By Staff


I just received a sample copy of your IRON-MEN ALBUM and like it
very much so I am enclosing two dollars for a years subscription. I
have never been in the threshing business but am an ex-farmer and
once owned an Advance 32 in cyl. separator but no engine. I have an
old threshing account book kept by my grandfather in 1845 to 1851
in which he has written the names of those he threshed for and the
number of bushels of grain and the threshing price. It is written
in ink and is perfectly legible after all these years. In that day
and age they used the old horse-power outfits to furnish power to
run the separator. This old book shows that he threshed for farmers
in Jersey Co., Illinois, Greene Co., Pike Co., and Calhoun Co.,
Illinois. His name was George W. Fitzgerald, my mother’s

We have several steam collectors here in Oregon, one at Canby.
Mr. Pike and Mr. Mickelson at Silverton, Oregon, and Mr. Schurman
at Woodland. I usually manage to attend the gatherings which are
very interesting to me.

CLARENCE E. DUGAN 7406 S. E. Woodward Street Portland 6,


Perhaps I should have sent you this information a little sooner,
and while at it will enclose a check for two dollars for which
renew my subscription to the magazine for another year. I only wish
it came every month. Have you ever considered publishing every
month? I don’t believe you would lack for material and pictures
for all these issues. Anyway, it is a fine magazine, and all three
magazines are serving a need without any overlapping.

Harvey Mikkelson is going to hold his 6th annual Threshing Bee
on his farm near Silverton, Oregon, August 22_23rd, 1959. He has a
lot of interesting things planned from what his friends write me.
Also the annual business meeting of the WFSA will be held in the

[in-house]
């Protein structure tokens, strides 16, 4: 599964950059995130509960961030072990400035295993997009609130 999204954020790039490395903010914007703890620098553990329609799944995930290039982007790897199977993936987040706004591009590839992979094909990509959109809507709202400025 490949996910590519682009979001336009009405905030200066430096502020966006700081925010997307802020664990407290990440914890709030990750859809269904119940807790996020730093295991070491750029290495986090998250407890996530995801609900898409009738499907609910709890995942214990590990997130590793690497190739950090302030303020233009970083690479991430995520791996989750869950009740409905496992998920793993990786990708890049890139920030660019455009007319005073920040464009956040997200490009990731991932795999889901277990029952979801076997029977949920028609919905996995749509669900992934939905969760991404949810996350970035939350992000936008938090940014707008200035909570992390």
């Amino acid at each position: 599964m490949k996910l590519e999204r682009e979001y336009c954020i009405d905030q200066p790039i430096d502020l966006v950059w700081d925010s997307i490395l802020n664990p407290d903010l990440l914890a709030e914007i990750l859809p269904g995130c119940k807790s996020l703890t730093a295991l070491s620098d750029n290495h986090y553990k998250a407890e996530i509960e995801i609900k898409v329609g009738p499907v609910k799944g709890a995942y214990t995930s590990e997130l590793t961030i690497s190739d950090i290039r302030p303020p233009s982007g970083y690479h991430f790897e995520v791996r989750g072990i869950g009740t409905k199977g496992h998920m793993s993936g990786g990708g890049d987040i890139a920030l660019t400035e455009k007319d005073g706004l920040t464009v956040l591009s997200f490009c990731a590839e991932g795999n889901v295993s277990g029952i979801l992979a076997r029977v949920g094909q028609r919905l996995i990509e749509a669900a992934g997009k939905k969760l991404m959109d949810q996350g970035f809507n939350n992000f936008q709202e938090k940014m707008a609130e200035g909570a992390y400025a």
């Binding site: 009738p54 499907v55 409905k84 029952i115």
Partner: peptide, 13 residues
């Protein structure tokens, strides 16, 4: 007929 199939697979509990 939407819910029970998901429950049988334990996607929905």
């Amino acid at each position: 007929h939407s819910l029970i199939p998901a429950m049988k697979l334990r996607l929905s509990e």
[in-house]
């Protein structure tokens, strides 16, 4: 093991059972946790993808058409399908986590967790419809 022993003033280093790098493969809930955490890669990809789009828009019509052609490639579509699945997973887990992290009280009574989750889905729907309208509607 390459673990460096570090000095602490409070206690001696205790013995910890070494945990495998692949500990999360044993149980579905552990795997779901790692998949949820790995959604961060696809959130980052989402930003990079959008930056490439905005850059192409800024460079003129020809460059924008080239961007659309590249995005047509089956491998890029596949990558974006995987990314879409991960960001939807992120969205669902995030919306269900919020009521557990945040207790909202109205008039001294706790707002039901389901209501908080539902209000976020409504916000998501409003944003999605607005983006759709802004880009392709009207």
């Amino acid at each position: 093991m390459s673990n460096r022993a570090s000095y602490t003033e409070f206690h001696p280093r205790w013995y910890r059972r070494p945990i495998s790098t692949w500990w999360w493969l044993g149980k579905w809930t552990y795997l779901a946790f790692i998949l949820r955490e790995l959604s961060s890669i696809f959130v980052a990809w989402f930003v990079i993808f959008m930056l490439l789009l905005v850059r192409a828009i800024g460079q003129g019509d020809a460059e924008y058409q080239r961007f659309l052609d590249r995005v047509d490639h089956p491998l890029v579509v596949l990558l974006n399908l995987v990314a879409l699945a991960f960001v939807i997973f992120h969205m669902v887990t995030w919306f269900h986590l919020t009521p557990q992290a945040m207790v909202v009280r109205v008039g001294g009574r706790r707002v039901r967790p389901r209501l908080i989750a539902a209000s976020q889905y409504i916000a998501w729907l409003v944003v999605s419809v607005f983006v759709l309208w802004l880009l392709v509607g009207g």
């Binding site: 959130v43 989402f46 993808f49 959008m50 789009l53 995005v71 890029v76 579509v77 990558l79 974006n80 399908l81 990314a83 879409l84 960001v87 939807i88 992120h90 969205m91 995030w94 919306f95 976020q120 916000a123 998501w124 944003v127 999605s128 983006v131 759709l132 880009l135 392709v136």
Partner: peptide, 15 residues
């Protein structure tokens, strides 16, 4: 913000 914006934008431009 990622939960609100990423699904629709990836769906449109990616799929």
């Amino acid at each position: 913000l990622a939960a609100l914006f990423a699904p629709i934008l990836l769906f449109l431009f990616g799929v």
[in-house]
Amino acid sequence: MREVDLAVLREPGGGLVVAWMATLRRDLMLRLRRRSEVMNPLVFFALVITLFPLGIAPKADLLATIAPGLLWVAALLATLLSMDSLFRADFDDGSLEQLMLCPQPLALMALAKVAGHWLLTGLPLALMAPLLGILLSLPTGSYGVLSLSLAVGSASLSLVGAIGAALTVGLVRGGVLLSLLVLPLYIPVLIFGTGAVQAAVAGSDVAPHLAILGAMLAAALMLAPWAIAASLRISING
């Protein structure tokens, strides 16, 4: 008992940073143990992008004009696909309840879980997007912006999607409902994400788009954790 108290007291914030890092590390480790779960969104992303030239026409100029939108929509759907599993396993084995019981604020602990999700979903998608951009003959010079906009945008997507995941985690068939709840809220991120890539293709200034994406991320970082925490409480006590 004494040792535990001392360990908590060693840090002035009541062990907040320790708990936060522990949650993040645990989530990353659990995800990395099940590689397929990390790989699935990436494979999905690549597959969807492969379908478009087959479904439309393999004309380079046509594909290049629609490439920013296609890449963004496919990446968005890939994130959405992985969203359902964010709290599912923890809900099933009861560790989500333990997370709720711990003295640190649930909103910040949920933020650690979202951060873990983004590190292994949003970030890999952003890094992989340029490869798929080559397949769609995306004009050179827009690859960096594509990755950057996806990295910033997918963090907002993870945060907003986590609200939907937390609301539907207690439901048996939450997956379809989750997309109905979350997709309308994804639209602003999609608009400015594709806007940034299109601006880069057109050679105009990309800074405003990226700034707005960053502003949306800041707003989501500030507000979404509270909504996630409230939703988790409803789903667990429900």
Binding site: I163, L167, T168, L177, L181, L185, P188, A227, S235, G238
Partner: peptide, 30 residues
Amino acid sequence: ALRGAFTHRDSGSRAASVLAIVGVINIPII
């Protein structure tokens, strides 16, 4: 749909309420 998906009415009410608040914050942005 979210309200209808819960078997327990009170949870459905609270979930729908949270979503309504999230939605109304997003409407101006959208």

Lutheran Church the evening of August 22nd, after a dinner has been
served by the Lutheran Church Ladies Aid; and the election of
officers and other business will be transacted and plans no doubt
made for the meeting in 1960. This will be the first year since the
organization was founded, that it has met away from Colton,
Washington. The plans are now to alternate the annual business
meetings between Oregon and Washington. I expect to be on hand to
help out with the Threshing Bee perhaps run an engine and also take
in the dinner and business meeting. My vacation comes at that time,
so everything works out fine. Due to the distance involved, it is
nearly impossible to attend any of the large fine reunions in the
east and mid-west, and the one at Mt. Pleasant, Iowa particularly
intrigues me. I believe it is the largest event of its kind by far,
in the country. Also, the Roy Kite Show at Bird City, Kansas is a
fine one.

I have been doing some work on P. A. Miller’s 16-48
Aultman-Taylor engine, and hope to have it going before too long.
Also have been trying to get the large single-cylinder gasoline
engine going, and Sunday, got a few pops and loud chugs out of it.
This engine was built by the Samson Iron Works of Stockton,
California in 1890, and is still in good working order. I believe
I’m safe in saying it is the oldest gas engine in the entire
country still in working order. Will send some pictures and a story
on it later. I also expect to go by Glenn O. Nice’s home in
LaGrande; Oregon and help him with his Threshing Bee on August
30th. I’ll really have my fill of steam and threshing this
year, and enjoy every bit of it! The Oregon fellows are a fine
bunch and if it is ever possible, you should try to come out and
visit with them you will never find time better spent and in finer
company. They have a lot of fine engines, in top condition, and are
generous in letting their friends help with their operation and
supervision, and sharing their fun with others. Too bad there
isn’t an event like it in California. Someday, such may be

Well, the steam is going down, and I must send this along with
some money, and it will be a little later when I will order some of
your fine books and jewelry my wife likes earrings! Good luck to
you in your retirement and many long years of publishing the